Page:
Monday, March 12, 2012

Waaaay Off-Broadway: "The Cockettes" (2002)

The brazen devil-may-care attitude of this avant-garde theater troupe is infectious, and I mean that in a good way.

In the late 1960's and early 1970's in San Francisco, the hippie movement was in full force. The Palace Theatre showed midnight movies, everything from art films to big budget Hollywood musicals from the 1930's. The shows were popular because they were cheap. On a few occasions, people would get up on stage and entertain the crowd during intermission. Thus the Cockettes were born.

George was a young actor who changed his name to Hibiscus. He and other members of his commune dressed in loud drag, wore more glitter than a person has a right to, and performed theater pieces lampooning current events and the old musicals. The ball started rolling as the performers became more popular than the films, and the Cockettes were headed to New York City and Broadway...which turned into a bigger disaster than anyone ever anticipated.

There is nothing funnier than seeing a person the same age as my parents talk about all the LSD they used to ingest, complete with full nude photos from back in the day. The Cockettes were doing the drag thing long before Rocky Horror came along, but the group fell victim to infighting and success, just like a lot of rock bands.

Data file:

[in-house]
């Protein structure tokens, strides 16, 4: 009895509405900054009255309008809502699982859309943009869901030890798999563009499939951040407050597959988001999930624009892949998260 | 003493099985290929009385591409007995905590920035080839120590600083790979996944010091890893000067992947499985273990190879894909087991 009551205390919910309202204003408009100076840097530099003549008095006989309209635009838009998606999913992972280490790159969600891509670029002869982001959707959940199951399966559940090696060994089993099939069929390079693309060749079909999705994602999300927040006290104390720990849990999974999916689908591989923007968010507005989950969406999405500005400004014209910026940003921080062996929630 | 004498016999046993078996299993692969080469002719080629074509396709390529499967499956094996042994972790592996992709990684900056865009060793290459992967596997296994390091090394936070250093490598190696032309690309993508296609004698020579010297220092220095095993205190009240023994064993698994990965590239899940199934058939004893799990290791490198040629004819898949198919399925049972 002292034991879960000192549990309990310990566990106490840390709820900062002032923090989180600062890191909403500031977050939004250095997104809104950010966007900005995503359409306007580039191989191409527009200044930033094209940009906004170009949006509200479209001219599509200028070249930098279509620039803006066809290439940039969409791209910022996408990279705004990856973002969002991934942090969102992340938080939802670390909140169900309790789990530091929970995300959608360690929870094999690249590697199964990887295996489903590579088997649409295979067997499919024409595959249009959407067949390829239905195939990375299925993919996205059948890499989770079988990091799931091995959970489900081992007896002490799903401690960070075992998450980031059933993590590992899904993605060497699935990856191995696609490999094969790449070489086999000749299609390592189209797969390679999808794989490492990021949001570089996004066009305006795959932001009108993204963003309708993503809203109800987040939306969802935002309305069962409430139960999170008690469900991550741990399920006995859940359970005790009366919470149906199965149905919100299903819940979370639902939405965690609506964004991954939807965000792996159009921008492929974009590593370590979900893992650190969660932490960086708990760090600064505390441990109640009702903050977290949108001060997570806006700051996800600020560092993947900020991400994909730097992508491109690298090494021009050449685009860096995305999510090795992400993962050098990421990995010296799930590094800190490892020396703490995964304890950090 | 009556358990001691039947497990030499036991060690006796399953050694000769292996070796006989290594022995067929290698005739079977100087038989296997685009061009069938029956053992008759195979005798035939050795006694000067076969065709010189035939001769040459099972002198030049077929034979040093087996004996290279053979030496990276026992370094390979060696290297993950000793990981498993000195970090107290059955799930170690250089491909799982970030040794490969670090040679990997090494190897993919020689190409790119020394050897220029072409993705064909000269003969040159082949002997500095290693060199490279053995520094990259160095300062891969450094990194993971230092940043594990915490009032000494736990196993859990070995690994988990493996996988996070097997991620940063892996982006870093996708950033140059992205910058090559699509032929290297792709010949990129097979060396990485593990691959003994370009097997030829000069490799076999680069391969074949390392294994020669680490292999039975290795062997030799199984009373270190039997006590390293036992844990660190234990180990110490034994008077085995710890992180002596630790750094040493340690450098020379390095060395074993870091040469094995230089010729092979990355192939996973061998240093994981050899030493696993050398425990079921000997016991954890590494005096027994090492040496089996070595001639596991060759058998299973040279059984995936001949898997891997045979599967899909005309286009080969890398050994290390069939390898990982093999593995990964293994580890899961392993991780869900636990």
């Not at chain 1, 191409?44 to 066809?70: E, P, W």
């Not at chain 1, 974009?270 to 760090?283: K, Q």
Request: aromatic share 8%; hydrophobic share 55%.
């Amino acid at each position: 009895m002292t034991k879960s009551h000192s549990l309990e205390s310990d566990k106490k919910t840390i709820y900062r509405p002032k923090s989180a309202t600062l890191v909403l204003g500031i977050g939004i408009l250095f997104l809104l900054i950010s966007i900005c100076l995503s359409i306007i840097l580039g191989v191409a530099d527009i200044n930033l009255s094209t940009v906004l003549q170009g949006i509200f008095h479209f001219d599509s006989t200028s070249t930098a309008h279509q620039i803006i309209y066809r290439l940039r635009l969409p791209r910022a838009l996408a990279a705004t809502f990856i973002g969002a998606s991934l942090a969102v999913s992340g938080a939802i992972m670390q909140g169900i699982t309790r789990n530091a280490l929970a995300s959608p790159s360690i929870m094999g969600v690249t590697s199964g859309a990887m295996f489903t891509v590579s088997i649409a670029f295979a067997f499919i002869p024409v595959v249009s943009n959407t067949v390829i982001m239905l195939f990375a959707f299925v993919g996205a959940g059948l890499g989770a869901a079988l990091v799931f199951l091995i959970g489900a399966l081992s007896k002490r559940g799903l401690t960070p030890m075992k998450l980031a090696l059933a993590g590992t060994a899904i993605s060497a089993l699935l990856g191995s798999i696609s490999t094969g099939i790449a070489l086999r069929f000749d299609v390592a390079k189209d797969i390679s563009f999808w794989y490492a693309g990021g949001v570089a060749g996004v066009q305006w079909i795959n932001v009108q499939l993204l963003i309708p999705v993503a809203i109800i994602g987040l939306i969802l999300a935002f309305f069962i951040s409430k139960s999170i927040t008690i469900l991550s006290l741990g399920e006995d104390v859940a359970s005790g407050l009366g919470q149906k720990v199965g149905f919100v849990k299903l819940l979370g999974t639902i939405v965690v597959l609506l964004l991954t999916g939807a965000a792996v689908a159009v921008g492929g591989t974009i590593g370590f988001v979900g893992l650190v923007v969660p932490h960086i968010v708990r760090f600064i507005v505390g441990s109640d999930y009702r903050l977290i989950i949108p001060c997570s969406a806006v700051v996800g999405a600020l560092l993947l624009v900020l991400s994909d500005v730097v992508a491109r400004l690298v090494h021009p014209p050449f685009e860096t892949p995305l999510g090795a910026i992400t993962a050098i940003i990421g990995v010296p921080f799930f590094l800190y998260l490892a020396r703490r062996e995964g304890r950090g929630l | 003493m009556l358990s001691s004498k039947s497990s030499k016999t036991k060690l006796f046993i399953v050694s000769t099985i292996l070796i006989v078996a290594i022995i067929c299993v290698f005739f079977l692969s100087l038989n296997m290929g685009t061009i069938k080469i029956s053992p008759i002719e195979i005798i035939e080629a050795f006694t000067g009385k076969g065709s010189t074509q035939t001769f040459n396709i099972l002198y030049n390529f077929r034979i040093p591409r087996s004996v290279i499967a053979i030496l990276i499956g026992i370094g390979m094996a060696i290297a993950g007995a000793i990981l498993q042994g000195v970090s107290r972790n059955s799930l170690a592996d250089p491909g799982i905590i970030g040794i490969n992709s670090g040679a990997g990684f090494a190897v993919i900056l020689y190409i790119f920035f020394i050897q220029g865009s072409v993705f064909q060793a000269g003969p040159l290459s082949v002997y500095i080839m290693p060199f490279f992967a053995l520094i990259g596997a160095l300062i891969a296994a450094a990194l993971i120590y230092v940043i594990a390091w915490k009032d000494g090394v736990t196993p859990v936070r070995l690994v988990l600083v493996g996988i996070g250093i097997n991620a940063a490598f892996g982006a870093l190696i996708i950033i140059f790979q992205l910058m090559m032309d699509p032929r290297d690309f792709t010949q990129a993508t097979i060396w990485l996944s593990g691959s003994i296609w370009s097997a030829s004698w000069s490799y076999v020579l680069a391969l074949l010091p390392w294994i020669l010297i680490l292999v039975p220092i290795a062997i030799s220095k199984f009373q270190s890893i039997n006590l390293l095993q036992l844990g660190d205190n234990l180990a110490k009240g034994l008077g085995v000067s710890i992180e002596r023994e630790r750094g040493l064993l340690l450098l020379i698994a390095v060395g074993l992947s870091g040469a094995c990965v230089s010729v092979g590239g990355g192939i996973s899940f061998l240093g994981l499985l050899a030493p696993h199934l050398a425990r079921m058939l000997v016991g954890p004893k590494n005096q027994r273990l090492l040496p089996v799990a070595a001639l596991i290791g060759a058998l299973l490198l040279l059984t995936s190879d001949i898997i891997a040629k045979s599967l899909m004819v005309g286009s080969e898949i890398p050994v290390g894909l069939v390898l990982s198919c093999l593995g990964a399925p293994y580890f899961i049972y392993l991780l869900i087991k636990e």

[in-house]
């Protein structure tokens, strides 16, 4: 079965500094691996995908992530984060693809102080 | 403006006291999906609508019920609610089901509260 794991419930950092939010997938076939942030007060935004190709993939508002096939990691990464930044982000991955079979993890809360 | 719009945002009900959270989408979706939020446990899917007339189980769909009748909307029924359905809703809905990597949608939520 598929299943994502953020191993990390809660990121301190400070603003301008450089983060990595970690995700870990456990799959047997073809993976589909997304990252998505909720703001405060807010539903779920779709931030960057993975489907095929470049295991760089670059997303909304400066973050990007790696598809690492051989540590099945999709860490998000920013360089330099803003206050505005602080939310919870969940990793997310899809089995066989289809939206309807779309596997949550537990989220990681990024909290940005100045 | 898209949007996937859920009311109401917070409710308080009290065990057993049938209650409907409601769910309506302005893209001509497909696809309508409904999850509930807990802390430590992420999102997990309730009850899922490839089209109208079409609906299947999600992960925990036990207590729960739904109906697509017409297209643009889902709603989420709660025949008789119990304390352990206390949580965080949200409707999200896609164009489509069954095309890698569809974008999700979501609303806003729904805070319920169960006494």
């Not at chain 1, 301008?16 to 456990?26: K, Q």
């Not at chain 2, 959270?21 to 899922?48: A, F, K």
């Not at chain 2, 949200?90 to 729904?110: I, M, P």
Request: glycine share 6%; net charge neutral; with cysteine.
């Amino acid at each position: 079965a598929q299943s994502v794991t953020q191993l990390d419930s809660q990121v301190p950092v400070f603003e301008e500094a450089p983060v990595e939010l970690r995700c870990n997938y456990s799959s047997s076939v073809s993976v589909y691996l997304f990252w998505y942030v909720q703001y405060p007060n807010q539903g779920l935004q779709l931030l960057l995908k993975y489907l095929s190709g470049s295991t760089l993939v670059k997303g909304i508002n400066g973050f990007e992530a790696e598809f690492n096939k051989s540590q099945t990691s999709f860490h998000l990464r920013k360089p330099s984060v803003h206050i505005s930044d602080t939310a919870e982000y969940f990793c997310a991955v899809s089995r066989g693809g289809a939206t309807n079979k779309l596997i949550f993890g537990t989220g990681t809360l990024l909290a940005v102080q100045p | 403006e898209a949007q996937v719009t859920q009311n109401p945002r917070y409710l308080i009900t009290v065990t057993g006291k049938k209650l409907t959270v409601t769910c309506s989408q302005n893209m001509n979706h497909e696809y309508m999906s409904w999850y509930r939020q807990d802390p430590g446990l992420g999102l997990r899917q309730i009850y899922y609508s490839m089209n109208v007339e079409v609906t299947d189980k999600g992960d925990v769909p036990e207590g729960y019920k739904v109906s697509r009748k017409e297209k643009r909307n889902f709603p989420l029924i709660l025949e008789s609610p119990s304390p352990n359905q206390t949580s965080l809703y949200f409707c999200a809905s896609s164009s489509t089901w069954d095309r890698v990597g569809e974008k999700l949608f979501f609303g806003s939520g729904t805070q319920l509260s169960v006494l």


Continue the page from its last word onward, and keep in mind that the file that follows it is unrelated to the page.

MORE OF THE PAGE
Not all the men in the Cockettes were gay, interview subject Marshall wasn't (he wishes he was after what women have done to him), but drug abuse took some of the members, and AIDS took more. One of the interview subjects here died of AIDS shortly after the filming, which almost brought me to tears.

You may be wondering: why should we care? The Cockettes, in their prime, were doing their own thing and not giving a flip what other people thought. They lampooned then-current events like Tricia Nixon's wedding, showed their love for the Hollywood musical, and just had a lot of fun doing it. There was a East Coast-West Coast drag rivalry that shows how stupid the rap rivalry is more than anything! Gay men in drag tripping each other in Max's Kansas City in NYC is funnier than the shootings of Tupac and Biggie.

The film was directed by Bill Weber and David Weissman. They found a ton of backstage and onstage footage, and a lot of interviewees who were not embarrassed with what they did. Watch for Jilala, who models many of his bizarre fashions, still making a statement today. The pacing is excellent, the rise and fall of the Cockettes over a three year period follows a classic story arc, and I came to feel real affection for all the "characters."

"The Cockettes" is a great documentary about a time we cannot possibly relive or recreate. Thank goodness Hibiscus put that dress on and dropped that acid. (* * * * *) out of five stars.